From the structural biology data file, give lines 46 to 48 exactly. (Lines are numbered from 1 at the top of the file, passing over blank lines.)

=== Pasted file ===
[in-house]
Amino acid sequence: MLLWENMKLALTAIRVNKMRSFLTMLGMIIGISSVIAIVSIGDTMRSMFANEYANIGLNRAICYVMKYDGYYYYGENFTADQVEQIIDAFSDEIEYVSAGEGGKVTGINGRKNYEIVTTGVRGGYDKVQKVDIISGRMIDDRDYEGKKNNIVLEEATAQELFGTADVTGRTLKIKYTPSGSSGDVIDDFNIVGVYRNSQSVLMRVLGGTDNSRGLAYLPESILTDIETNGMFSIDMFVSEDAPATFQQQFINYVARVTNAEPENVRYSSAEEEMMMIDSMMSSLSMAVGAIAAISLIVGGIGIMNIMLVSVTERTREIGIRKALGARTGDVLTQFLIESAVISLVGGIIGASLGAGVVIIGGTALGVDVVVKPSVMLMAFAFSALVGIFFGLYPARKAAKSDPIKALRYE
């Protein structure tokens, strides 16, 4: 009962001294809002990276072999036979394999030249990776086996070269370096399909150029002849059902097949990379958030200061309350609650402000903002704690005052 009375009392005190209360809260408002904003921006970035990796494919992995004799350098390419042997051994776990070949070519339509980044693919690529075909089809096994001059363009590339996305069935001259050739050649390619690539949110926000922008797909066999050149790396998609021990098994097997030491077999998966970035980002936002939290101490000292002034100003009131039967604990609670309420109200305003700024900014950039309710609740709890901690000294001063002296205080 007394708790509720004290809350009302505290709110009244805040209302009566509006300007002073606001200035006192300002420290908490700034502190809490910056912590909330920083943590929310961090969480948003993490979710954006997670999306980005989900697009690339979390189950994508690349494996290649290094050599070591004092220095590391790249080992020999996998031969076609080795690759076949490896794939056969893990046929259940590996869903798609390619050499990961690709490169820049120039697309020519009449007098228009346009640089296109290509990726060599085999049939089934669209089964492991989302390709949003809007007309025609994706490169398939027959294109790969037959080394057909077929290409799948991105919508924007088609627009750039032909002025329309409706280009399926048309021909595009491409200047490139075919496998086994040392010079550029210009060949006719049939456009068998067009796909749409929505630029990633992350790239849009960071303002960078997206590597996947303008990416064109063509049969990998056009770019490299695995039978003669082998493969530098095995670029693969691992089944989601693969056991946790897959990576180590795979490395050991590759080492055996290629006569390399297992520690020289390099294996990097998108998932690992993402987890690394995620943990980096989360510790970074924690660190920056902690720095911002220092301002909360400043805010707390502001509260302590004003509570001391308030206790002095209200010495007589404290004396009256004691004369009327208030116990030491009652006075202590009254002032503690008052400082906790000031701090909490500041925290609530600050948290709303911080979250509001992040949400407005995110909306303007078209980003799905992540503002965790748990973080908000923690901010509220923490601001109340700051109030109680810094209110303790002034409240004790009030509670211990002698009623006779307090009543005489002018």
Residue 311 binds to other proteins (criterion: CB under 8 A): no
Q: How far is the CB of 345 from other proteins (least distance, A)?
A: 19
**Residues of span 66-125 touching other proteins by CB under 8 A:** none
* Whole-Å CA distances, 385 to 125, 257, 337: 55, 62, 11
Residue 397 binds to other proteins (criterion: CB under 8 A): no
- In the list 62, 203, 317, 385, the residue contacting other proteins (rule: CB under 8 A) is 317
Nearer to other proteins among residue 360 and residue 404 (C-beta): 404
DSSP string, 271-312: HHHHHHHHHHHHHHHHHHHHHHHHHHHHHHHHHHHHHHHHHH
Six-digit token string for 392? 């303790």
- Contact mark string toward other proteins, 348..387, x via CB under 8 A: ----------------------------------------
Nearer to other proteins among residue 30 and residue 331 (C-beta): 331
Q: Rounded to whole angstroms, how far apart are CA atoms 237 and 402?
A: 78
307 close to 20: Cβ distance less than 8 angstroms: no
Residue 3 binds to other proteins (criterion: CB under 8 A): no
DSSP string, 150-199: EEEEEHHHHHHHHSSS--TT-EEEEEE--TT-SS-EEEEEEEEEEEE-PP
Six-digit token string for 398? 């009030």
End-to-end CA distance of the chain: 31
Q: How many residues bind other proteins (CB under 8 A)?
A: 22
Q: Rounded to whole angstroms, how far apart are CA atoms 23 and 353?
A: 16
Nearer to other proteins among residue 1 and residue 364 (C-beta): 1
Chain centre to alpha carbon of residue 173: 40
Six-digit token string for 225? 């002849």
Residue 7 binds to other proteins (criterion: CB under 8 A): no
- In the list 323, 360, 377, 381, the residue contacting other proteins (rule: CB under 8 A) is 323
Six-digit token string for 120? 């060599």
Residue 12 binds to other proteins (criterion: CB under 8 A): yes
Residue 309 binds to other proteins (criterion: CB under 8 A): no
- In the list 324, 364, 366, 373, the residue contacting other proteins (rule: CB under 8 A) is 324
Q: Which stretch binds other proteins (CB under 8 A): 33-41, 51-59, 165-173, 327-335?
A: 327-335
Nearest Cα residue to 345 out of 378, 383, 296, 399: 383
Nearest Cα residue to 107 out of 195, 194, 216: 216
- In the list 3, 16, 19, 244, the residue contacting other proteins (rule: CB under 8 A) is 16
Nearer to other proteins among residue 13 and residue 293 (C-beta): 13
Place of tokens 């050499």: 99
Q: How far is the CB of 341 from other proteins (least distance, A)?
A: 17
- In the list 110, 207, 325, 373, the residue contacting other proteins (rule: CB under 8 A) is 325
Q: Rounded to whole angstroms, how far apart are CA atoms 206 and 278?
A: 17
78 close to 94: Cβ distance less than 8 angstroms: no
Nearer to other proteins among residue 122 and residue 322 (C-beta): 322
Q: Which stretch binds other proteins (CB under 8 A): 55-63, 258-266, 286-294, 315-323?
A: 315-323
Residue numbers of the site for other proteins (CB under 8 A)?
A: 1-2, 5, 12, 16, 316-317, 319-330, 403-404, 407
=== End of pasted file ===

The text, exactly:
Q: Rounded to whole angstroms, how far apart are CA atoms 206 and 278?
A: 17
78 close to 94: Cβ distance less than 8 angstroms: no